Invited SpeakersProfile Details

IBRAHEEM ALHASHIM The recipient of the 2015 Alain Fournier Ph.D. Dissertation Award


‚ÄčIbraheem is the recipient of the 2015 Alain Fournier Ph.D. Dissertation Award. He completed his B.Sc. with honors in Computer Science at the Portland State University in 2008, followed by his M.Sc. in Computer Science in 2011 under the supervision of Prof. Hao Zhang and his Ph.D. in Computer Science in 2016 under the supervision of Prof. Hao Zhang and Prof. Ghassan Hamarneh at Simon Fraser University. He has co-authored, among others, two SIGGRAPH papers, two SIGGRAPH Asia papers, and journal articles in Computer Graphics Forum and The Visual Computer. He has also been an active reviewer for different computer graphics conferences and journals


  • Day 1Monday, April 10th
4:00 pm

Topology-Varying Shape Matching and Modeling

The automatic creation of man-made 3D objects is an active area in computer graphics. Computer-assisted mixing and blending of components or subcomponents from existing example shapes can help users quickly produce interesting and creative designs. A key factor for automating this task is using algorithms that can match compatible parts between objects of different shape and structure. However, due to the coarse correspondence computed by current matching algorithms, automatic shape blending is mainly limited to the substitution of large compatible part sets.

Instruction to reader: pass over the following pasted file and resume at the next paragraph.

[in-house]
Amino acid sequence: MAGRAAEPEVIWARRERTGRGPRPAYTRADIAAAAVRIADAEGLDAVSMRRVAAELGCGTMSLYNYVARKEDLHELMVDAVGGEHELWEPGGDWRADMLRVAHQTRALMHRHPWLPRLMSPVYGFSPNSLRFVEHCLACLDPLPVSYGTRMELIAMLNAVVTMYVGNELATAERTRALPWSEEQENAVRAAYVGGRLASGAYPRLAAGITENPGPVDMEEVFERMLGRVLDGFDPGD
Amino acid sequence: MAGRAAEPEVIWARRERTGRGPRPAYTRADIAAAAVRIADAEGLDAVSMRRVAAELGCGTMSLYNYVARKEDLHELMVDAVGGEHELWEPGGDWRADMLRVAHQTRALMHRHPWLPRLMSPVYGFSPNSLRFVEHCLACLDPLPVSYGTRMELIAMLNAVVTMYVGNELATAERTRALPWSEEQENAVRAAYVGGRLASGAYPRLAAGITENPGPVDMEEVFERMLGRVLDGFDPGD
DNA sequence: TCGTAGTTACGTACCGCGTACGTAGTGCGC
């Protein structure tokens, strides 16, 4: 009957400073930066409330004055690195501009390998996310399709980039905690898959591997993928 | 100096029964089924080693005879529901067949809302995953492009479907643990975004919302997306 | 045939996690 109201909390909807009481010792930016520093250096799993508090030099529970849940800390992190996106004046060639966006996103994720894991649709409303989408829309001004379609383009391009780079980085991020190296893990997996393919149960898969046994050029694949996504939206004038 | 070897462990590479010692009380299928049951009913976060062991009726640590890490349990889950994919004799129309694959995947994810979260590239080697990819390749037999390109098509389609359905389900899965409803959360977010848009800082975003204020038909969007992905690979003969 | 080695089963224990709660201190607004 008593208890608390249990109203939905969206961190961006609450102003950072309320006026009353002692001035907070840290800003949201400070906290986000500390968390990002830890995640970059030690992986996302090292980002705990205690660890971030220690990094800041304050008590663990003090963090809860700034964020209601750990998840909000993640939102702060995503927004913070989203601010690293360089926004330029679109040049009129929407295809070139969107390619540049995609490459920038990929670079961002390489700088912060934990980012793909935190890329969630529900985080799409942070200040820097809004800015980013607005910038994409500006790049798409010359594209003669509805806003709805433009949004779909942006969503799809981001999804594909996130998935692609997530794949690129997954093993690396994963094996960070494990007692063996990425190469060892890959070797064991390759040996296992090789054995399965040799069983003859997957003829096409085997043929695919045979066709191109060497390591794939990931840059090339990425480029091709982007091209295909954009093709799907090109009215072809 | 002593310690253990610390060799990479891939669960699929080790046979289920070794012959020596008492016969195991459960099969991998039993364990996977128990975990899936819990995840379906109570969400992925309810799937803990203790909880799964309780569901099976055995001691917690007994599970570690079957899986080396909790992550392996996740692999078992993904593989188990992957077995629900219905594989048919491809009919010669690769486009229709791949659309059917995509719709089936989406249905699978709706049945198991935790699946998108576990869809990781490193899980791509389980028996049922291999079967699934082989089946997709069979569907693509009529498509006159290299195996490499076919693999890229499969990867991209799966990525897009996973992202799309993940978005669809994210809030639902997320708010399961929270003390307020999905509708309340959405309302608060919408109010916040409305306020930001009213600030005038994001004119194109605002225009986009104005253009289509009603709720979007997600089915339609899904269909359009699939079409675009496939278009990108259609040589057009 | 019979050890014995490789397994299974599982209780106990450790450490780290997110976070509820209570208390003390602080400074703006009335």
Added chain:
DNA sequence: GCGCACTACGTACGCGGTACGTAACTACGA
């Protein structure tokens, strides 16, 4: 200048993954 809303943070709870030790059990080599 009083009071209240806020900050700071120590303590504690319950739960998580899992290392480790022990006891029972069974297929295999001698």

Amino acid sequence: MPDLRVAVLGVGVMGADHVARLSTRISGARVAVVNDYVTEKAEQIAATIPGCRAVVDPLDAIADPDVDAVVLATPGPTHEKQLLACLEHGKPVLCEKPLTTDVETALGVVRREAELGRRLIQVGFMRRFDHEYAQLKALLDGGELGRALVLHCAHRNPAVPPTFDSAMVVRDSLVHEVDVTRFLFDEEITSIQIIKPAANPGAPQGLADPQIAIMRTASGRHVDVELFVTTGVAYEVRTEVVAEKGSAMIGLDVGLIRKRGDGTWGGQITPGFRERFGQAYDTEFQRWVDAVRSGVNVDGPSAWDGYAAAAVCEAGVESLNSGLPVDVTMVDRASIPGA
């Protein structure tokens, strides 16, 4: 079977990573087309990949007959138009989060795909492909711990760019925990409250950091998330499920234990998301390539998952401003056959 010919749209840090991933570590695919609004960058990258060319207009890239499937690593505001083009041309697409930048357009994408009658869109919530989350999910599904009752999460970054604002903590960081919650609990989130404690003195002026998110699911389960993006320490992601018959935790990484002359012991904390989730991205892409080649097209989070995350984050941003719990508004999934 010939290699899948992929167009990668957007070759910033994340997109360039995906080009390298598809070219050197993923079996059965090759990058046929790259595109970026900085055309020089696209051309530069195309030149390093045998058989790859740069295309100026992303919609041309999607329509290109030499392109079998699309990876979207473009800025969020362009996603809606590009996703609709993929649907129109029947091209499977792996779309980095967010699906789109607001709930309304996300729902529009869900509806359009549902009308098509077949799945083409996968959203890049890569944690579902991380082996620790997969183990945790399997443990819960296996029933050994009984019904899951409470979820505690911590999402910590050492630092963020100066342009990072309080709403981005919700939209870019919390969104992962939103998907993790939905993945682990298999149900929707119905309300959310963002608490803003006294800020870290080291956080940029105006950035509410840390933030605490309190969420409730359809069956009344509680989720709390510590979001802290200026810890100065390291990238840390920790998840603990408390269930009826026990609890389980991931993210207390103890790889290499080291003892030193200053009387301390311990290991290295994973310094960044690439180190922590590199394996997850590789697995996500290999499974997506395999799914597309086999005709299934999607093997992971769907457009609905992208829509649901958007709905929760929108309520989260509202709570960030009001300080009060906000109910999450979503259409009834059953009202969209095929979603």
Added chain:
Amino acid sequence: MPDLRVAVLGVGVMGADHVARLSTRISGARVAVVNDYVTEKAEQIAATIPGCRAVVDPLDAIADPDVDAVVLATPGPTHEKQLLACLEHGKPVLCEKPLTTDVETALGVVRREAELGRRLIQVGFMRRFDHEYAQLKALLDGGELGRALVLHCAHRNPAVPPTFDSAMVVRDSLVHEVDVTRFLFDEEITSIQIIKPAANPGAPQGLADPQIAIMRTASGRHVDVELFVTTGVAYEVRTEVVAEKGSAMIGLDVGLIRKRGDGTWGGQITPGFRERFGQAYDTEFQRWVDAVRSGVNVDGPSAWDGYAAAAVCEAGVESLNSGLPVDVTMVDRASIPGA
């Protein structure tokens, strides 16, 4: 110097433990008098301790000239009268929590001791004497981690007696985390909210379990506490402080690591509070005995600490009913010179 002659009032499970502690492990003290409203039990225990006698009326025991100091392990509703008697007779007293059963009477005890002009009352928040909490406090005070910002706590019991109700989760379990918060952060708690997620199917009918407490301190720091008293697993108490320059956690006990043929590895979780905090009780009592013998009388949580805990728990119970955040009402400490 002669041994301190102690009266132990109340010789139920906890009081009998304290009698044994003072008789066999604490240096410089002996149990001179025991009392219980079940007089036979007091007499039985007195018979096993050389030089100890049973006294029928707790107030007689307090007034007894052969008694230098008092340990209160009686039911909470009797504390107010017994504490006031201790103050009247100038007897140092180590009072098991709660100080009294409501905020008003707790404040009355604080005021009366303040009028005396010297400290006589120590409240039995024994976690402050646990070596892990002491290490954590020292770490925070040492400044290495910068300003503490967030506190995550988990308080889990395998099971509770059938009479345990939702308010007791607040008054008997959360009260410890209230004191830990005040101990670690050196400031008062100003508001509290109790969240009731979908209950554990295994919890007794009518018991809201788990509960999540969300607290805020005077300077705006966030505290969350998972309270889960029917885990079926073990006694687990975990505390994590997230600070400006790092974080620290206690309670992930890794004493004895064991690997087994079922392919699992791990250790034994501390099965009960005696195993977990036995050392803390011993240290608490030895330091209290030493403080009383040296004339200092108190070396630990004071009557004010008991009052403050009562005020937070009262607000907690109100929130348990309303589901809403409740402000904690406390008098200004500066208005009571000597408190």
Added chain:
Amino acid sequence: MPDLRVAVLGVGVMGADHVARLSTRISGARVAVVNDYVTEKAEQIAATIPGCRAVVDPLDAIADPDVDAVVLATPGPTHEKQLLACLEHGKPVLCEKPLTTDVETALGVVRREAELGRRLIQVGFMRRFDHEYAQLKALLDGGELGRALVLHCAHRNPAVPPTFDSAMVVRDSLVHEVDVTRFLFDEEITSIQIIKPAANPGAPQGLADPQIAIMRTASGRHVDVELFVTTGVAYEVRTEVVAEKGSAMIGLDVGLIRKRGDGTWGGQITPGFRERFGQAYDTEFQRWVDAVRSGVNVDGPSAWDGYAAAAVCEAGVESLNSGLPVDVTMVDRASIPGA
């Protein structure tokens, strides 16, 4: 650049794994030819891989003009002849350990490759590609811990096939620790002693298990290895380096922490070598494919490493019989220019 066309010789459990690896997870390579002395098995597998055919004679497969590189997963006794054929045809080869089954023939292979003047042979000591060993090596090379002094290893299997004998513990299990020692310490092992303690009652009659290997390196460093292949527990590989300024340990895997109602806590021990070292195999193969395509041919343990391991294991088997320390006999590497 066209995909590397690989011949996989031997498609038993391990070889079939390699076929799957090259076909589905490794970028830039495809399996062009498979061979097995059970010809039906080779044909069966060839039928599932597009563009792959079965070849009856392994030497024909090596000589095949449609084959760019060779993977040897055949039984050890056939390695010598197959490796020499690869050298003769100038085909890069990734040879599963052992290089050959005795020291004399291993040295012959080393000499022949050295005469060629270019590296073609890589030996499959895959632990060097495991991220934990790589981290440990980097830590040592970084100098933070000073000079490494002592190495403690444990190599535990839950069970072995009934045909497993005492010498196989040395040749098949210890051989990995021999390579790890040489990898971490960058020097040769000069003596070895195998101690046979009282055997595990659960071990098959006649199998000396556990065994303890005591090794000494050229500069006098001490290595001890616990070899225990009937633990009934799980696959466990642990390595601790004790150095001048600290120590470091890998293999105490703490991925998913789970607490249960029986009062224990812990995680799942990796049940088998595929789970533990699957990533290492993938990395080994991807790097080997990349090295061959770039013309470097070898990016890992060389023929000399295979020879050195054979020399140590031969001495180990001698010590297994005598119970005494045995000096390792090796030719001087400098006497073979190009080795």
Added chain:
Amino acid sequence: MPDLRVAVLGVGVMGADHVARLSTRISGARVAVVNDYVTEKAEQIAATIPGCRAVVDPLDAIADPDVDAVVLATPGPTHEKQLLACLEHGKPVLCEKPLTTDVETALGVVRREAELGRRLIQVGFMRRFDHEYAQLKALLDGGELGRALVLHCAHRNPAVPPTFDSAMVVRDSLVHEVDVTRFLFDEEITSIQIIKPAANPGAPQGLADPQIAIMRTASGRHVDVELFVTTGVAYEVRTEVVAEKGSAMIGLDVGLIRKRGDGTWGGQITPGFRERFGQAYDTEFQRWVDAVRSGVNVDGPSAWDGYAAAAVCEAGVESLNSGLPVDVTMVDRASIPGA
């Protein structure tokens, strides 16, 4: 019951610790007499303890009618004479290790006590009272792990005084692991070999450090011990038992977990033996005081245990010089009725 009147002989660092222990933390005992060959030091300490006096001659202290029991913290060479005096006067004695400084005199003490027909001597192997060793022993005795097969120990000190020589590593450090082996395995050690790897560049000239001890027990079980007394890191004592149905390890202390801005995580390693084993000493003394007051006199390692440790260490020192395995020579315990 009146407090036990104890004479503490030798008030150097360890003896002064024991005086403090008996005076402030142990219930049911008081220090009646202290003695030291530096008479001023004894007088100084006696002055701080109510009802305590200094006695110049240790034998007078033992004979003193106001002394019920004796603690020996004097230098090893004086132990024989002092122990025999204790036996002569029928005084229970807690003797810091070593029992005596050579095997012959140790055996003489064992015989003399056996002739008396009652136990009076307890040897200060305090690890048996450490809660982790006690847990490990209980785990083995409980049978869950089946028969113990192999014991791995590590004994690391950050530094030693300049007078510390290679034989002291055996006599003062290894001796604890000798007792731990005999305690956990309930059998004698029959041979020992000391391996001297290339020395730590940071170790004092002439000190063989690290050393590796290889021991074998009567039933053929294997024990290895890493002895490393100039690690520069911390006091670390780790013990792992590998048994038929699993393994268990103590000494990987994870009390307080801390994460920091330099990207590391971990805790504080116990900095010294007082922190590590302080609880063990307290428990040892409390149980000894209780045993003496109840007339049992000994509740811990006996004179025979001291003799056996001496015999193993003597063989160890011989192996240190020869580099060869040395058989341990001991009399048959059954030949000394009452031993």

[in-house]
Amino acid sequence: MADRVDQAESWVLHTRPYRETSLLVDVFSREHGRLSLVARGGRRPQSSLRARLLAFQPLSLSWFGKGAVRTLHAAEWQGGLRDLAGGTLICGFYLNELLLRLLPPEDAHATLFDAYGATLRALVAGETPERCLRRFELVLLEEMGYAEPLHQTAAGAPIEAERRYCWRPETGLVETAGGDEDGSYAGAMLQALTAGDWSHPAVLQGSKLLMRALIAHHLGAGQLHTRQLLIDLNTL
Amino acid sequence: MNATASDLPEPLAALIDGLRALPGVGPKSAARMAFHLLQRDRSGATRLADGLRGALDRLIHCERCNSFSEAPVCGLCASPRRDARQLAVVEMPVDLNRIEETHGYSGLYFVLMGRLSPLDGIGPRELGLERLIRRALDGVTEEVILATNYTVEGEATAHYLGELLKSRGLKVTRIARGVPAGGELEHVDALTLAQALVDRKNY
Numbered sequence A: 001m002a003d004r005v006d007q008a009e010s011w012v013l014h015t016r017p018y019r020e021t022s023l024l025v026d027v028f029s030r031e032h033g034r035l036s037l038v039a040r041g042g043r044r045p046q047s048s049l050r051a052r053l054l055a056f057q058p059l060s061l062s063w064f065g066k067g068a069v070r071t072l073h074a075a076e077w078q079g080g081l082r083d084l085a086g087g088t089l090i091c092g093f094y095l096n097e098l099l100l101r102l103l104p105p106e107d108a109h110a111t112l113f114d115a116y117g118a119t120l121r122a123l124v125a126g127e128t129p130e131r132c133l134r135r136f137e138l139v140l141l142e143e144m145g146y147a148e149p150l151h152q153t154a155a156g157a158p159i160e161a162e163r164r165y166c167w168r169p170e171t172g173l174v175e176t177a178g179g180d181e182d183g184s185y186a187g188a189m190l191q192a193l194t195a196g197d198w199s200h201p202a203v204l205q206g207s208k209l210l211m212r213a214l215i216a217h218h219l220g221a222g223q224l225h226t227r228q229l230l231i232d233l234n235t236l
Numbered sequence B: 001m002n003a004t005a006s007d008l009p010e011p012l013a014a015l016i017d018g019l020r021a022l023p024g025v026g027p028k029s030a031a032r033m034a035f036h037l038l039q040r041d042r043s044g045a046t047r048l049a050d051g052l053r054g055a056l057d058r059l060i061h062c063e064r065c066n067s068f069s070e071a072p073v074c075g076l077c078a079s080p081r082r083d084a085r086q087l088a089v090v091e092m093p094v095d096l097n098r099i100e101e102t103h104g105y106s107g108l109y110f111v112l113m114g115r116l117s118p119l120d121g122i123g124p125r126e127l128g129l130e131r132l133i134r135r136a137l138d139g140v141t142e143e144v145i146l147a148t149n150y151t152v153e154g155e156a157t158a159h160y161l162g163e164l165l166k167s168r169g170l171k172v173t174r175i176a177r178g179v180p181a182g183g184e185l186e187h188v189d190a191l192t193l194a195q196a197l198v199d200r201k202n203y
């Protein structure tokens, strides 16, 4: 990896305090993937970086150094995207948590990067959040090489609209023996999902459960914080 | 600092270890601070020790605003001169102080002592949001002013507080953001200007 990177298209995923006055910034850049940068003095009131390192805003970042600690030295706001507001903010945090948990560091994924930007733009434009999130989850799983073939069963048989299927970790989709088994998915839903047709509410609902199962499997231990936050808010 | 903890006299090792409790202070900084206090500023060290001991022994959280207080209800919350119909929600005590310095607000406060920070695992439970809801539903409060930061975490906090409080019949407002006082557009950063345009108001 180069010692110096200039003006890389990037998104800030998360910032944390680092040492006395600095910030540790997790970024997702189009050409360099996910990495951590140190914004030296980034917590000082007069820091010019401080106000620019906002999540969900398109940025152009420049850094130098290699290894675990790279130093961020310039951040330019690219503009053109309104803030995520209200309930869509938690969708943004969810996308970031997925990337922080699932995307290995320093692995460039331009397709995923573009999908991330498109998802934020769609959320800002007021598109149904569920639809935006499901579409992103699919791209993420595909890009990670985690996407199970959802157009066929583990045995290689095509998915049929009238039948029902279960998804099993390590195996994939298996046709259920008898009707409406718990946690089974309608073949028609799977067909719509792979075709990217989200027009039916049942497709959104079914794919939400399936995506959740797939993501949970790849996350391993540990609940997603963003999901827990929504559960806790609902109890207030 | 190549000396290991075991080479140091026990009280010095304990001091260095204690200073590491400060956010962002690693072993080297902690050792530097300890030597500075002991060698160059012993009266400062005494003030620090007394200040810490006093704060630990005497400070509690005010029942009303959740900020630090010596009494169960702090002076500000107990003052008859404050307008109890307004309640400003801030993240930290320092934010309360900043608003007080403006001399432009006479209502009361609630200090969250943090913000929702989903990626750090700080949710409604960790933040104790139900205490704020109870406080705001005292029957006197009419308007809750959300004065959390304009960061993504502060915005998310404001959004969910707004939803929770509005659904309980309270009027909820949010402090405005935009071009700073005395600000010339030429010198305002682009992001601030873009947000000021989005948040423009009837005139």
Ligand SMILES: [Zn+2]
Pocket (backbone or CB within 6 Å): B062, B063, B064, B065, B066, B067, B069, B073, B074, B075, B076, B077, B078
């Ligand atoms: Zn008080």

We address the problem of relating 3D shapes of different geometry and topology, with applications in shape synthesis. Our goal is to compute a fine-grained mapping between two shapes differing in the geometry, cardinality, and connectivity of their parts, and to use this mapping for continuous shape interpolation.

First, we propose a framework for shape matching using a joint geometric and topological transformation. The framework follows the assumption that the best mapping for a pair of shapes is one that results from a shape transformation that minimally distorts the structural properties of a shape. We establish meaningful correspondences between shapes with large topological discrepancy by going beyond shape deformations and incorporating topological operations such as part split, duplication, and merging. We evaluate our correspondence algorithm on a diverse set of shape classes and compare the results to state-of-the-art methods.

Second, we propose an algorithm for synthesizing interpolations between structurally different 3D shapes. Our algorithm produces a continuous and plausible shape transformation that gradually morphs the geometry of the individual parts, as well as performs any necessary topology-changing operations. We further demonstrate the utility of our framework by developing intuitive shape creation tools. We show how these tools can allow novice users to synthesize new 3D models from continuous blends of topologically different shapes.

KAUST 16:00 - 16:30 Details